Exploring Child Prostitution.pdf (426.05 kB)
0/0

Exploring Child Prostitution in a Major City in the West African Region

Download (426.05 kB)
journal contribution
posted on 09.12.2017 by Hounmenou C
The study explored the characteristics of child prostitution in a major city in the West African region. A convenience sample of children in prostitution, specifically girls below age 18 (n = 243), were recruited on 83 prostitution sites identified in Ouagadougou, the capital city of Burkina Faso. A survey instrument, consisting of 71 closed-ended question items, was used to explore various variables including profile of children in prostitution, factors of vulnerability to prostitution; prostitution practices, compensations and related issues in child prostitution. The findings show that most children in prostitution in the city were from Burkina Faso (63%) and Nigeria (30%), two countries that do not share borders. Most native respondents practiced prostitution for survival and to support their families. In contrast, all the respondents from Nigeria practiced prostitution as victims of international sex trafficking. An important finding was that 77% of the children in prostitution surveyed were educated. Among the respondents, there were similarities in the major life events that contributed to their situation of prostitution. These life events include early separation with parents, sexual abuse, foster care, and forced marriage. Implications for policy, The study explored the characteristics of child prostitution in a major city in the West African region. A convenience sample of children in prostitution, specifically girls below age 18 (n = 243), were recruited on 83 prostitution sites identified in Ouagadougou, the capital city of Burkina Faso. A survey instrument, consisting of 71 closed-ended question items, was used to explore various variables including profile of children in prostitution, factors of vulnerability to prostitution; prostitution practices, compensations and related issues in child prostitution. The findings show that most children in prostitution in the city were from Burkina Faso (63%) and Nigeria (30%), two countries that do not share borders. Most native respondents practiced prostitution for survival and to support their families. In contrast, all the respondents from Nigeria practiced prostitution as victims of international sex trafficking. An important finding was that 77% of the children in prostitution surveyed were educated. Among the respondents, there were similarities in the major life events that contributed to their situation of prostitution. These life events include early separation with parents, sexual abuse, foster care, and forced marriage. Implications for policy, practice and research are discussed.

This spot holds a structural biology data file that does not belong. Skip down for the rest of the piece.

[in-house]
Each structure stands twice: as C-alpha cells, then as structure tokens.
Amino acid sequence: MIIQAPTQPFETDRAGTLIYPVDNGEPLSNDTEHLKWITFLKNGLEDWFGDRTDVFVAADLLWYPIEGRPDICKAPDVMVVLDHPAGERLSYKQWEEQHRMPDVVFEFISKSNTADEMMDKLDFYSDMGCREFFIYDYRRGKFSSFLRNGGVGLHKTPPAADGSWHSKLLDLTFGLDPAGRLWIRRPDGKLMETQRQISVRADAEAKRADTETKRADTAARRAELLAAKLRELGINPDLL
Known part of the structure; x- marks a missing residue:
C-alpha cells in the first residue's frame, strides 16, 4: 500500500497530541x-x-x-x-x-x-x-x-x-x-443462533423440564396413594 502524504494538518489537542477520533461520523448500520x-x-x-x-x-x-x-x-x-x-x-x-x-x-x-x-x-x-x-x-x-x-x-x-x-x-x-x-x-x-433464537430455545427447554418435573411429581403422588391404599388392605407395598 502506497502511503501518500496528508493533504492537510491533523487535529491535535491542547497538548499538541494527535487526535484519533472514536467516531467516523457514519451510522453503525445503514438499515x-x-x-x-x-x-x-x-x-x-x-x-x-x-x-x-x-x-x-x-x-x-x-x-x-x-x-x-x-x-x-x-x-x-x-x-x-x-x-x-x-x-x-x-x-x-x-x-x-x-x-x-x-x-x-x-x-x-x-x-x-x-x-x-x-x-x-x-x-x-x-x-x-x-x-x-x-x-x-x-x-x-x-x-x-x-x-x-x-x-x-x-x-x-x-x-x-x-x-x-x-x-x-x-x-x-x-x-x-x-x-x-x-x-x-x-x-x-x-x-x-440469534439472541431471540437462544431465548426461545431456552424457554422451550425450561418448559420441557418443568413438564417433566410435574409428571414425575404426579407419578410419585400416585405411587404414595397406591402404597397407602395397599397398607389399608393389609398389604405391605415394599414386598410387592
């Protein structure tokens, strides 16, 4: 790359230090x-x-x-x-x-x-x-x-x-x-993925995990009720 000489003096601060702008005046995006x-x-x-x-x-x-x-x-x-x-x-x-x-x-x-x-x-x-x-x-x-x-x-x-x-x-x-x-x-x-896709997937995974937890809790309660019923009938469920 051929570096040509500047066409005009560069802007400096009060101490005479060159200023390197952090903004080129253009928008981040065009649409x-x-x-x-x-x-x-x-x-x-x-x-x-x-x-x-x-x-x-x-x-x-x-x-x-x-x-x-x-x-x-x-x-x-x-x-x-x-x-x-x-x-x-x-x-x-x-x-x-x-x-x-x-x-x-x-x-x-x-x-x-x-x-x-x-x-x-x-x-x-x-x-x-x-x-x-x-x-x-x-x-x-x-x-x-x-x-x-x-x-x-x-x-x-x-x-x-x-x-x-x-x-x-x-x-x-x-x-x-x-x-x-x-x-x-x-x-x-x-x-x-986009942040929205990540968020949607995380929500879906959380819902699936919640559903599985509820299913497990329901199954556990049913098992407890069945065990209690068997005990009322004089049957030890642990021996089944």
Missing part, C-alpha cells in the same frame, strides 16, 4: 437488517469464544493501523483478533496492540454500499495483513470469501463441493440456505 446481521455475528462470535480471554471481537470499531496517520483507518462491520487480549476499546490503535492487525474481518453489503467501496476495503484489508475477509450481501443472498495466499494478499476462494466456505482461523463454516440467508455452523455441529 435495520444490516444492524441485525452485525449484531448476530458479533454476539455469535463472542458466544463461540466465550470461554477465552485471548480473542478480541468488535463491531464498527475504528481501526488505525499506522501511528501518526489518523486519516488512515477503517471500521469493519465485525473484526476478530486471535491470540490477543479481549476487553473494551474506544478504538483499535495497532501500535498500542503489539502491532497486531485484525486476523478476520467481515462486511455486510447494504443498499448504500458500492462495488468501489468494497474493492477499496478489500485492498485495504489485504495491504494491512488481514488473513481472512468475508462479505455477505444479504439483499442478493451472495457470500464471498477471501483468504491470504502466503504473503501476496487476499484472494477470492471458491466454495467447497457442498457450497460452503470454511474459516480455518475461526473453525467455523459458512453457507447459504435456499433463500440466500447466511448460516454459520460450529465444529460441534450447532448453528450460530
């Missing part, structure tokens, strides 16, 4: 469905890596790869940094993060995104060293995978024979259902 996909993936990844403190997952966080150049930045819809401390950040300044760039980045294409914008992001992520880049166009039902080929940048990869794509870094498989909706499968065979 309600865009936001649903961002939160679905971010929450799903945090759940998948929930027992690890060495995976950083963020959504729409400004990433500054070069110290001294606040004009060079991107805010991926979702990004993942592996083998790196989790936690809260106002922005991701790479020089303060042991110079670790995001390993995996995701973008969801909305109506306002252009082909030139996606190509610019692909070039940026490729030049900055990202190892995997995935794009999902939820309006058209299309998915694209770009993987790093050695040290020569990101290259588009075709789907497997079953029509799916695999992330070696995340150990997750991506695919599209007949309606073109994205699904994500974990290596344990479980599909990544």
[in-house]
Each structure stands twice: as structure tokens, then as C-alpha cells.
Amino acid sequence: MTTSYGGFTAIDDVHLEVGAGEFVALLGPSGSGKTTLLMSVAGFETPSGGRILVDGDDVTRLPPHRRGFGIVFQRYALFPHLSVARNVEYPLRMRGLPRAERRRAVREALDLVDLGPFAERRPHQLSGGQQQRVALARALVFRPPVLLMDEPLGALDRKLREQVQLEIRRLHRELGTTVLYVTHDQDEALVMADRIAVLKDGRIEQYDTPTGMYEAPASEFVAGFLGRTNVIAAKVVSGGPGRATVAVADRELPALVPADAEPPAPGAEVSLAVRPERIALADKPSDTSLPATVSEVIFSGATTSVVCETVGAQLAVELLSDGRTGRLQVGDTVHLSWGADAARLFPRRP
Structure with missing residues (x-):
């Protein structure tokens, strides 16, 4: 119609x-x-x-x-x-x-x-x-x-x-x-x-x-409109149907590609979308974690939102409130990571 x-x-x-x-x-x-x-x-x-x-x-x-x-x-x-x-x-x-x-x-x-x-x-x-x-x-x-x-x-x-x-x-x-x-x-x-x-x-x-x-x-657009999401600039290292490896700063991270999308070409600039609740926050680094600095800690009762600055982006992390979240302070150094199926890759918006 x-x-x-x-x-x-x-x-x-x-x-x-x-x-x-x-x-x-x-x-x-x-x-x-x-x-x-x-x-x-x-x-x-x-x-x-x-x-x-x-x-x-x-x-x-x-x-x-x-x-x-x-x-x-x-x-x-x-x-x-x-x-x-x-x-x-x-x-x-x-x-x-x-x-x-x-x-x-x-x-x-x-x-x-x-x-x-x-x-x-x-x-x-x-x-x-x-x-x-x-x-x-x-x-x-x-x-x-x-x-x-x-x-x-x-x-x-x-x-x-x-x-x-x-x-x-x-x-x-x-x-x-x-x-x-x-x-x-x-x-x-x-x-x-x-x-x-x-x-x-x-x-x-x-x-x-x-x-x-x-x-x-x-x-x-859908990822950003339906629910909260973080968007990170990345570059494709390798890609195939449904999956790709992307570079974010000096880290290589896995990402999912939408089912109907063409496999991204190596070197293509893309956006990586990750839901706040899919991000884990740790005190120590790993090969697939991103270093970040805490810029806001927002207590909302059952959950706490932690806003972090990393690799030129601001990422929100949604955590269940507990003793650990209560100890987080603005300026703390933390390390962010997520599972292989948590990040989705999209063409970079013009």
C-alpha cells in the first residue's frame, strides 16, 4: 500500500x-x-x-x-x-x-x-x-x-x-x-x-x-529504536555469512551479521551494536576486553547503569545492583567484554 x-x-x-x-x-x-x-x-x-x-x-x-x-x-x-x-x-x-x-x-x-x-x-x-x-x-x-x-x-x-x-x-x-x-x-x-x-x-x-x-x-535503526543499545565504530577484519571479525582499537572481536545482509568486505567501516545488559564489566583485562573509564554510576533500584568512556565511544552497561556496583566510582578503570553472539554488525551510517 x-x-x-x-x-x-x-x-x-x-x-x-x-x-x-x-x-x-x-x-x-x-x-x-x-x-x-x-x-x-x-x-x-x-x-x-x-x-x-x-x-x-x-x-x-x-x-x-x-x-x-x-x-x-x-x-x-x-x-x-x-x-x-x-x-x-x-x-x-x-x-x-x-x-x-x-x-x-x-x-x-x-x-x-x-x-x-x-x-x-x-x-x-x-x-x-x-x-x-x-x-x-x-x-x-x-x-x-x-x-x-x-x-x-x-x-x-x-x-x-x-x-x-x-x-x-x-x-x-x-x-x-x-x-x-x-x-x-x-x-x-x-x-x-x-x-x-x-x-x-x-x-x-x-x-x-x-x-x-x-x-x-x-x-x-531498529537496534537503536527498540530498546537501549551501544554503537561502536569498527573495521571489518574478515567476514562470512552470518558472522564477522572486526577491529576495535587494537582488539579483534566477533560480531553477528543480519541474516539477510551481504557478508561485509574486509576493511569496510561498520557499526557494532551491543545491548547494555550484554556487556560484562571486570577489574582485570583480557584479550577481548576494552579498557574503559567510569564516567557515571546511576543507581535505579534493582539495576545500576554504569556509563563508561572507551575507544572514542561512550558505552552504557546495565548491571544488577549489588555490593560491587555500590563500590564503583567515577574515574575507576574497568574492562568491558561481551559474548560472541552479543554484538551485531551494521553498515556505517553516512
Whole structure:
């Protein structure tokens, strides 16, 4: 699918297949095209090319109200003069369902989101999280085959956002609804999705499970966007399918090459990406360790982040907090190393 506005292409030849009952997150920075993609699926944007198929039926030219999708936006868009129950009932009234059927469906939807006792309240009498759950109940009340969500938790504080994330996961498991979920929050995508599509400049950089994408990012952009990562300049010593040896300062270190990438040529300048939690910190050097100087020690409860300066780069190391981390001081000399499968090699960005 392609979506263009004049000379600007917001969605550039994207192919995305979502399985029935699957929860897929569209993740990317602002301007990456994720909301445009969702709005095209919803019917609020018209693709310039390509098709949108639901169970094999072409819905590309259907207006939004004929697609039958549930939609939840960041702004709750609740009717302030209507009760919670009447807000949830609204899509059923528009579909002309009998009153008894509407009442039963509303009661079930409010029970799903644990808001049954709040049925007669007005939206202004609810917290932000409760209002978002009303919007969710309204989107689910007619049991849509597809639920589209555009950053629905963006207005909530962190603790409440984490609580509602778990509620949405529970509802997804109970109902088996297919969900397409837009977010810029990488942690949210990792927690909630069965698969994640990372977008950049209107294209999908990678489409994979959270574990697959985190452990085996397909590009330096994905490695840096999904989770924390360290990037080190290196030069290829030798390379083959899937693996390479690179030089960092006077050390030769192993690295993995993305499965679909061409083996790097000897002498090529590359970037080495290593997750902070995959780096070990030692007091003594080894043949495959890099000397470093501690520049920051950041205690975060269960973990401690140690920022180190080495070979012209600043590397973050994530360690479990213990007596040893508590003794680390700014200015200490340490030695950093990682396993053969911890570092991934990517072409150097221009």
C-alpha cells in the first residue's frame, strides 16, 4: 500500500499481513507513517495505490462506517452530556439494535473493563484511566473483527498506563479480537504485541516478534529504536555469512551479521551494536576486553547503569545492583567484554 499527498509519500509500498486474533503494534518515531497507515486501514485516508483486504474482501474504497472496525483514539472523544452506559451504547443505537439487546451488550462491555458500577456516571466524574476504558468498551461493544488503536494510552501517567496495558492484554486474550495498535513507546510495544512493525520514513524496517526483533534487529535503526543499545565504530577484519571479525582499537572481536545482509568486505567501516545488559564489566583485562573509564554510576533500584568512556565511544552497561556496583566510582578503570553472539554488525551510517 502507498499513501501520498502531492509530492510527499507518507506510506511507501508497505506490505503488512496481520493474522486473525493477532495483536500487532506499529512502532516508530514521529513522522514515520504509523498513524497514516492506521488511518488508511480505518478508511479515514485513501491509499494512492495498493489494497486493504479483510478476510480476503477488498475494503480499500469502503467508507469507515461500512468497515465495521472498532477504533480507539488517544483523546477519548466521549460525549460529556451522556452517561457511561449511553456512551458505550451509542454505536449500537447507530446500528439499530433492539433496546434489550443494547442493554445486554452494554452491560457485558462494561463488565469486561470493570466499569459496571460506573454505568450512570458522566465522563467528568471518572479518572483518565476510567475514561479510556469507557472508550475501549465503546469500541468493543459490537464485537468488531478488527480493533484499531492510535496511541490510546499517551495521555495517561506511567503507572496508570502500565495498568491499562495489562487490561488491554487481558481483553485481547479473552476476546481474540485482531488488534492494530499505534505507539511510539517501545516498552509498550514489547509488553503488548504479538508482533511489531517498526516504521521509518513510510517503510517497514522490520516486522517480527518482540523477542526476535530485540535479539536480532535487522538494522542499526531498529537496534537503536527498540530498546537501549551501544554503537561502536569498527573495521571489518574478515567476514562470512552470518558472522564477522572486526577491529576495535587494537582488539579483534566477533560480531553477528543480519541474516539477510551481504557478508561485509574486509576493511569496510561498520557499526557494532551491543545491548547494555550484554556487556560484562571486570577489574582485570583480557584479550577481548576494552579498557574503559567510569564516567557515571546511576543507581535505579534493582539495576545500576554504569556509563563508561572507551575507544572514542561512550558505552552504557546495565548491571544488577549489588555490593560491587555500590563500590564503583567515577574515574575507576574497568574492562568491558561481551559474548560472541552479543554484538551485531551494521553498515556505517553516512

Funding

This manuscript is based on an international research study that was sponsored by ECPAT France and ECPAT Luxembourg.

History

Publisher Statement

This is the author’s version of a work that was accepted for publication in Child Abuse and Neglect. Changes resulting from the publishing process, such as peer review, editing, corrections, structural formatting, and other quality control mechanisms may not be reflected in this document. Changes may have been made to this work since it was submitted for publication. A definitive version was subsequently published in Child Abuse & Neglect. 2016. 59: 26-35. DOI: 10.1016/j.chiabu.2016.07.003.

Publisher

Elsevier

issn

0145-2134

Issue date

01/07/2016

Exports

Categories

Exports